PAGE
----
Key Takeaways: Iraqi Politicians Hold Series of Meetings with Foreign Officials, Expound Neutral Position in Region – On January 27, the Office of the Deputy Prime Minister reported that several ministers from the Jordanian government arrived in Baghdad for meetings. On January 27, Foreign Minister Mohammed Ali al-Hakim stated in an interview that Iraq will not attend any events that are focused on countering Iran and will not get in the middle of US-Iran relations. On January 29, the Speaker of the Iraqi parliament, Mohamed Halboussi, stated that Iraq does not want to be a battlefield for conflicts, but seeks
Three times per year, EPIC welcomes a new cohort of interns – young professionals seeking to add practical experience to their academic backgrounds in humanitarian affairs, international relations, security studies, political science, public relations, and beyond. We are grateful for their contributions to our research, action, and advocacy, and for the opportunity to connect them to Iraq and its people. Please join us in welcoming our Spring 2019 interns: Chisara, Emily, Grace and Molly! Emily Coletta is currently finishing her studies at the University of Connecticut with a major in Political Science and minors in Middle Eastern Studies, Global Studies,
Away from the limelight, violence continues to rage in southern Iraq in the form of tribal clashes, pro-government militia infighting and criminal violence. This violence often affects unarmed bystanders and makes life in Basra, which is already challenging due to government neglect, lack of services and rife unemployment, even more precarious. Although most residents of southern Iraq are Shia, Iraq’s current political elite, which claims to represent the Shia community, has failed to address the needs of the south.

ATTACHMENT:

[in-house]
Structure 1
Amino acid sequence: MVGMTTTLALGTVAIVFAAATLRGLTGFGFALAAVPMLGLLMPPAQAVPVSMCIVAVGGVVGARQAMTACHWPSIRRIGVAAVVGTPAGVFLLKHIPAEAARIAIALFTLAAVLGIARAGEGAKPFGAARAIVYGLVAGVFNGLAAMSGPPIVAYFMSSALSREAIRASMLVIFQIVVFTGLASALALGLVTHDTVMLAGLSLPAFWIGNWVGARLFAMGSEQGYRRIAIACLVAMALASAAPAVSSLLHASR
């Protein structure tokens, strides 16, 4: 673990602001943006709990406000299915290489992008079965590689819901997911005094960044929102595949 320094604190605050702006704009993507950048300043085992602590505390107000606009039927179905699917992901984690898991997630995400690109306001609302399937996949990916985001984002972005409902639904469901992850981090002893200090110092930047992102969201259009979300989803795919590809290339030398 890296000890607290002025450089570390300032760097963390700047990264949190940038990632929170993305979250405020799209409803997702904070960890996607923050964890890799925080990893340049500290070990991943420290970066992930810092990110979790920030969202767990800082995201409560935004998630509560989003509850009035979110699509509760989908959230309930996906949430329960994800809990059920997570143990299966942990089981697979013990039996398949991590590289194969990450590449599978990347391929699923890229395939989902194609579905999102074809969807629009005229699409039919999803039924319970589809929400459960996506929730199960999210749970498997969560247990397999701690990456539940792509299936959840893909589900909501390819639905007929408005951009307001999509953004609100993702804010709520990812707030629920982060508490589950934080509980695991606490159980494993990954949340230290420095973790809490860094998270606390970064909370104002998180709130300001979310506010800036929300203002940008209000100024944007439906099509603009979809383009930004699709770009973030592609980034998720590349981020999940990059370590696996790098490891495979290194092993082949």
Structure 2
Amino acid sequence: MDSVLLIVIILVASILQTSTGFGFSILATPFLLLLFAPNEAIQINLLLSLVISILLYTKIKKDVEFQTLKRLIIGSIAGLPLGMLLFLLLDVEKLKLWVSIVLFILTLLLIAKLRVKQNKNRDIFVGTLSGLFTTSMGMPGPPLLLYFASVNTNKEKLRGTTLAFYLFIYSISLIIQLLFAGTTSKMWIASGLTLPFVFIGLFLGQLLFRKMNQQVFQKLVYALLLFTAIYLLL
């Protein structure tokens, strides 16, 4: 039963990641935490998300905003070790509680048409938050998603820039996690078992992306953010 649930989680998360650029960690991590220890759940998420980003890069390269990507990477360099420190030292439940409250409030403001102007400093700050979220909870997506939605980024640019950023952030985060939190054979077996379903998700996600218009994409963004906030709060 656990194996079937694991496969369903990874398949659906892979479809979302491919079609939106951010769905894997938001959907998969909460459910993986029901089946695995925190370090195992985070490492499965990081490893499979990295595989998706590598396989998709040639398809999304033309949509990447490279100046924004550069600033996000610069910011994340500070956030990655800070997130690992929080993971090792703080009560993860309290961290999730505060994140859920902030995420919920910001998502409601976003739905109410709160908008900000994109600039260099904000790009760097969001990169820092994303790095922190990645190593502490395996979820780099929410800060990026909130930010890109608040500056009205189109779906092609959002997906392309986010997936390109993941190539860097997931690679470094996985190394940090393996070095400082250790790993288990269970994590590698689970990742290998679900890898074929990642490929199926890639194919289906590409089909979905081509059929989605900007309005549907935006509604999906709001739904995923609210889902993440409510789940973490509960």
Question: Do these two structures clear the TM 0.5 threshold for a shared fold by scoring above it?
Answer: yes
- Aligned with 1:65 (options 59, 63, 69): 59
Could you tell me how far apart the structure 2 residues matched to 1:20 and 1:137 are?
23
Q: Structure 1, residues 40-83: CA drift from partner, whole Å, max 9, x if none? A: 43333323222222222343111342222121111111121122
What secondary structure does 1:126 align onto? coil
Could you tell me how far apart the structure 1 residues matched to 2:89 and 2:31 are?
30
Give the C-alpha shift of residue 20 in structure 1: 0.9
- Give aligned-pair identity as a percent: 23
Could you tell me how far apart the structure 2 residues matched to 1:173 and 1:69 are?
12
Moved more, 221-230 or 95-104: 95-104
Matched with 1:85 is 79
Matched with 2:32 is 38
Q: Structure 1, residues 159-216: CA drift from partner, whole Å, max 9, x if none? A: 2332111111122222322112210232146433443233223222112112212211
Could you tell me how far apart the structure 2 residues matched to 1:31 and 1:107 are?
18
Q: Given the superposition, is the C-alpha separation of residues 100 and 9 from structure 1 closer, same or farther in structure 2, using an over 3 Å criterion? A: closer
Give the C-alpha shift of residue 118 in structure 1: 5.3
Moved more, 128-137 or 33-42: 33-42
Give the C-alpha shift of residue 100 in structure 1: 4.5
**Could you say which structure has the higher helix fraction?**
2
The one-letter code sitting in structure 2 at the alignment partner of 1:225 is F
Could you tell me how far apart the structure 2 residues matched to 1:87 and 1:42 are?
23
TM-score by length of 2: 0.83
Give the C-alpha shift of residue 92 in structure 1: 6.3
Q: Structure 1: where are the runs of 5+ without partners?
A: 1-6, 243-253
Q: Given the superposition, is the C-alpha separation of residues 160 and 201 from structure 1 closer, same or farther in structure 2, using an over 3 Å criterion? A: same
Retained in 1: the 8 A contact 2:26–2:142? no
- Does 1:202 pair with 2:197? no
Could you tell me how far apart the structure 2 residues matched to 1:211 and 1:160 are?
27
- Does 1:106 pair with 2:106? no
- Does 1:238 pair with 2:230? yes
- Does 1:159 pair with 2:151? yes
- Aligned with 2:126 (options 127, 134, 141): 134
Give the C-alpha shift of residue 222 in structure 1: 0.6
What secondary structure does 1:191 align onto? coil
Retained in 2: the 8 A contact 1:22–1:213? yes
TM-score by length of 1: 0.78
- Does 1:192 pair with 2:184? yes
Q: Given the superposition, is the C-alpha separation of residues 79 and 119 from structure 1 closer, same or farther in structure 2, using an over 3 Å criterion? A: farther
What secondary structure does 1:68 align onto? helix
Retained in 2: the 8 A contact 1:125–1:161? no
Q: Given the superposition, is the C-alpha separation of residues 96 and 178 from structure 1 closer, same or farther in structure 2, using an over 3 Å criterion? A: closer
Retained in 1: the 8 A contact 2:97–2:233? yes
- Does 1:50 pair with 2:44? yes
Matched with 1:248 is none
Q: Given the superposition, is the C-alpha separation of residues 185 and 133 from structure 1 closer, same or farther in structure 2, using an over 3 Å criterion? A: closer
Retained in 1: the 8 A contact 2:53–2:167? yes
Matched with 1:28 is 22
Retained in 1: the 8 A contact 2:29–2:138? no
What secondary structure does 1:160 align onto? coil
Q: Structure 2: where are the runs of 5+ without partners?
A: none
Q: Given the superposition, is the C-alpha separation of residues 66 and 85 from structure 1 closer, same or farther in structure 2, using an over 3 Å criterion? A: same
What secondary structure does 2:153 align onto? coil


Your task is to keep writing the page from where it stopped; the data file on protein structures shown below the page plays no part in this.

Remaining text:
Key Takeaways: Iraqi officials meet with foreign counterparts; Legislation proposed to expel U.S. forces from Iraq; Iran works to expand trade with Iraq; Growing Baghdad-KRG cooperation – On January 14, the French government announced that it had agreed to loan Iraq EUR 1 billion to aid reconstruction of areas liberated from the Islamic State of Iraq and al-Sham (ISIS). On January 14, Jordan’s King Abdullah II met with Iraqi President Barham Salih and Prime Minister Adel Abd al-Mahdi in Baghdad. On January 19, the pro-Iran Fatah Alliance, former Prime Minister Nouri al-Maliki’s State of Law Coalition, and Shi’ite cleric Moqtada
The past year was marked by considerable political turmoil and unrest in Iraq, underscoring the many challenges that the country faces beyond the battlefield. In 2018, we saw a further erosion of public confidence in Iraqi leaders over corruption, insufficient basic services, and unemployment; a parliamentary election marred by poor voter turnout and irregularities that triggered a months-long recount; and a growing water crisis and mass protest movement across southern Iraq. Despite slow progress with the de-mining, rebuilding, and recovery of devastated post-ISIS areas like West Mosul and Ramadi, we saw the closure of some IDP camp and forced returns.
Iraqi officials meet U.S. and Qatari counterparts; Iraqi delegations to Israel cause uproar
Government formation still incomplete; Parliament fails to pass budget
New Human Rights Watch report documents torture of minors in KRG prisons; Unrest in Kirkuk after PUK raises flag of Kurdistan in the disputed city; Government formation in KRG stalls
Iraqi officials praise security cooperate with U.S. and the UK; ISIS attack in Tikrit kills 2; al-Hurra journalist killed
UK, Spain, U.S. pledge additional support for stabilization and humanitarian aid in Iraq; New report on Syrian refugees in Iraq; Iraqi Army shutters another IDP camp